The expression of Xist on the active X chromosome is regulated by another lncRNA, Tsix, which is transcribed antisense to Xist (Stavropoulos et al., 2001). Transcription of Tsix represses Xist expression in cis through epigenetic processes (Stavropoulos et al., 2001; Shibata and Lee, 2004). In mouse embryonic stem cells, the X chromosome lacking Tsix transcription was non-randomly inactivated (Lee and Lu, 1999; Luikenhuis et al., 2001), and induction of Tsix transcription resulted in targeted X chromosome activation (Luikenhuis et al., 2001). Therefore, Tsix and Xist play antagonistic roles in regulating X chromosome inactivation during embryonic stem cell differentiation.
In addition to Xist and Tsix, Firre (functional intergenic repeating element) is another lncRNA that is transcribed from a locus on the X chromosome (Hacisuleyman et al., 2014). Firre can maintain the silencing of the X chromosome by tethering it to the perinucleolar compartment (Yang et al., 2015). In addition, Firre interacts with the nuclear matrix factor hnRNPU and colocalizes with five distinct trans-chromosomal loci, which reside in spatial proximity to the Firre locus. This colocalization is lost in the absence of Firre, suggesting a role of this ncRNA in the establishment of higher order chromosomal architectures within nuclear space.
Typically, cells randomly choose whether the maternal or paternal X chromosome is inactivated. However, under certain circumstances, there can be bias toward one parental X chromosome. Such a bias is referred to as skewed X inactivation. In females, this can result in diseases such as Duchenne muscular dystrophy and hemophilia A (Yoshioka et al., 1998; Renault et al., 2007). Incomplete silencing of the X chromosome can also result in skewed X inactivation since some genes manage to evade silencing and remain therefore expressed. For example, escape of the steroid sulfatase locus from silencing can trigger X-linked ichthyosis, which is a group of diseases characterized by very dry skin (Hernandez-Martin et al., 1999). Thus, ncRNAs operate at the interface of spatial genome organization and epigenetic silencing to mediate X chromosome inactivation, the dysregulation of which underlies different human diseases.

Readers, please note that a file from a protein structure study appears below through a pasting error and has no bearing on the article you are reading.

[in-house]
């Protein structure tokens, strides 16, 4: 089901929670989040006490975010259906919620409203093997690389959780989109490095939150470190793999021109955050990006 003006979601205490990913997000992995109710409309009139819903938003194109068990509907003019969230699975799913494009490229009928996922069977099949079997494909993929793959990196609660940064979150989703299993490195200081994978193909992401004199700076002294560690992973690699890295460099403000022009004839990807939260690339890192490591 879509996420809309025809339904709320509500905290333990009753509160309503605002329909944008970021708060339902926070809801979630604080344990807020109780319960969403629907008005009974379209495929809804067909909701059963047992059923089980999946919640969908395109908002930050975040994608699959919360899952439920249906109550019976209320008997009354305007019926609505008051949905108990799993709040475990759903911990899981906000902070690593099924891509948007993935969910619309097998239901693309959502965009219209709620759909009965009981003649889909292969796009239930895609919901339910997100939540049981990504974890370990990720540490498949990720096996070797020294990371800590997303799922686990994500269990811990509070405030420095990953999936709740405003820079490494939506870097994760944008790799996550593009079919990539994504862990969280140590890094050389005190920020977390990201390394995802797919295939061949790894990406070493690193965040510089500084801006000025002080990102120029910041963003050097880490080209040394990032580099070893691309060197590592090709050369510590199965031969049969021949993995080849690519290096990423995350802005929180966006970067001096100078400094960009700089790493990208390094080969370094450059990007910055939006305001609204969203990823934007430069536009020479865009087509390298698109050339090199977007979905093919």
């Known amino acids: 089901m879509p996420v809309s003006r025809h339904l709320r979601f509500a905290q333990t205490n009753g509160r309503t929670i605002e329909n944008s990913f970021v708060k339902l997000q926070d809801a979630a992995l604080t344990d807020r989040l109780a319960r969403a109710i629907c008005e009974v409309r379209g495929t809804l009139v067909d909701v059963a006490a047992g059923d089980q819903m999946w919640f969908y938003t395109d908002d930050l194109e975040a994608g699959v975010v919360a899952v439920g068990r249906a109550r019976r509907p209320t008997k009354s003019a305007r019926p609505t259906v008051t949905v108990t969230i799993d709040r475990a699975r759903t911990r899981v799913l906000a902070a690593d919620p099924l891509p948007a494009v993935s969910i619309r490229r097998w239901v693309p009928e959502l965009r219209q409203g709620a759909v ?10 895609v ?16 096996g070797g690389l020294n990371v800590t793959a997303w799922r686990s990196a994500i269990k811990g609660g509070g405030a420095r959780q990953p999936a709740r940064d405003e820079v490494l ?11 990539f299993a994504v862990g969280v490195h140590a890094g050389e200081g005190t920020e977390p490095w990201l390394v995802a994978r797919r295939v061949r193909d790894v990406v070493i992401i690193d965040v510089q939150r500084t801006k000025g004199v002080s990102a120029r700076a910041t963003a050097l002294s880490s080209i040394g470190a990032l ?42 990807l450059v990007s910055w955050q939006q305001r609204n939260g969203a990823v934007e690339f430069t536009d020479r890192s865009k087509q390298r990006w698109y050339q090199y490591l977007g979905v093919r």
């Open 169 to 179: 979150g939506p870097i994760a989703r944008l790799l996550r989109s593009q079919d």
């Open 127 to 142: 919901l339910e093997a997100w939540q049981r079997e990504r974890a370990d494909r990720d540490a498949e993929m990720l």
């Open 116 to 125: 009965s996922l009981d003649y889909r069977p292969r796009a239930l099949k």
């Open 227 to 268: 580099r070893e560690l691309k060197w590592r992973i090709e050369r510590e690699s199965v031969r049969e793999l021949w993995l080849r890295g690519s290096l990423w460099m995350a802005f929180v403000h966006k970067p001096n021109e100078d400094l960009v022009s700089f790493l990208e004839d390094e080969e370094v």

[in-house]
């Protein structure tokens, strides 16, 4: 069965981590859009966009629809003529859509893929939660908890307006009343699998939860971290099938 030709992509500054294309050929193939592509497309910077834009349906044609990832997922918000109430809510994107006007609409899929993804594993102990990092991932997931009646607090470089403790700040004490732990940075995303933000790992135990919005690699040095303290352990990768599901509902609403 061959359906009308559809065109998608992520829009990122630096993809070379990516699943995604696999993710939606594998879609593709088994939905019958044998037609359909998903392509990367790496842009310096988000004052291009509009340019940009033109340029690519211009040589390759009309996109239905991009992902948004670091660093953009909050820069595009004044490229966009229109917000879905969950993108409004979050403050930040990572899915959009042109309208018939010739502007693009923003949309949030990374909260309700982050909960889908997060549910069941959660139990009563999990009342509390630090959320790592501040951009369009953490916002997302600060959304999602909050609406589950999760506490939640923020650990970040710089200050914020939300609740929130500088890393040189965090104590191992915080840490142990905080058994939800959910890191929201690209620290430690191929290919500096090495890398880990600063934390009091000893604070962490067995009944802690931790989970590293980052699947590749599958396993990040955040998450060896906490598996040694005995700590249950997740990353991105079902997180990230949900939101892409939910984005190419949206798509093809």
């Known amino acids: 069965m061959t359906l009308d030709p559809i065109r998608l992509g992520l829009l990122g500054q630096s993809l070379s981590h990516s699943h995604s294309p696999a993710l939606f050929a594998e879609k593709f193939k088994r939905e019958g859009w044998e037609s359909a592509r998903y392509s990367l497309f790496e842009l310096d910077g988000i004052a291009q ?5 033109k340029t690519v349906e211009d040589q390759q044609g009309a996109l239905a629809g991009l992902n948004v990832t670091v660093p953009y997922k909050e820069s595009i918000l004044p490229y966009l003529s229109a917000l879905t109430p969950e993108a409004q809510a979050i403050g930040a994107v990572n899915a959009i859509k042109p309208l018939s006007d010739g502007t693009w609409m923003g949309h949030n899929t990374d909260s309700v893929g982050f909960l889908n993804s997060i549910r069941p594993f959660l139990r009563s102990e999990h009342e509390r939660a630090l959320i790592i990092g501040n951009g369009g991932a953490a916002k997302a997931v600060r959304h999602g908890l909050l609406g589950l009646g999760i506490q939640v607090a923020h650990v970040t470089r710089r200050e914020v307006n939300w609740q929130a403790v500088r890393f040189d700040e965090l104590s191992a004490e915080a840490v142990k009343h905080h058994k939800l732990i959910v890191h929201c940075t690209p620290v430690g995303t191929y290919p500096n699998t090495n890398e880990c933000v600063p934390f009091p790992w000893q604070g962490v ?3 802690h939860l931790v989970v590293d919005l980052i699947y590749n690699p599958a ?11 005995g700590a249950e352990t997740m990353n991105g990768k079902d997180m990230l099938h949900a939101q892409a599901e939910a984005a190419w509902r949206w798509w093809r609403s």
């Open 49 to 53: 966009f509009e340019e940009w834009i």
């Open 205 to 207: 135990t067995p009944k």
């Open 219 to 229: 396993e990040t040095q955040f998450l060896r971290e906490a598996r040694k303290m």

ncRNAs and the Spatial Organization of Developmental Genes
During vertebrate development, ncRNAs can regulate the spatial organization of gene clusters, such as the HOX genes (Flyamer et al., 2017). HOX genes, which are homeotic genes involved in antero-posterior body axis development in vertebrates, are found on four spatially clustered chromosomal loci (HOXA, HOXB, HOXC, and HOXD). The genes are separated into distinct topological compartments based on their transcriptional profile, and during development, there exists a dynamic switch between these topological domains (Noordermeer et al., 2011). This higher order structure of the HOX gene clusters is regulated by intergenic ncRNAs (Wang et al., 2011). For example, the ncRNA HOTTIP (HOXA transcript at the distal tip) is transcribed from the 5′ edge of the HOXA locus and is required for maintaining the compartmentalization of the locus. HOTTIP can associate with and target the WD repeat mixed lineage leukemia (WDR-MLL) complex across the HOXA locus to yield active histone marks. This in return maintains the active state of some of the HOXA genes. HOTTIP also physically associates with CTCF, which can bind to six conserved binding sites at HOXA and serve as an insulator (Wang F. et al., 2018). This contributes to the discrete expression profile of genes across the HOXA locus. The dynamic 3D architecture of these gene clusters is important as it dictates the transcriptional profile of the HOX genes during development. Dysregulation of HOX gene expression can abrogate limb and skeletal development in murine and Drosophila embryos (Di-Poi et al., 2010; Andrey et al., 2013). Therefore, regulation of the spatial organization of HOX genes by ncRNAs is important for organismal development.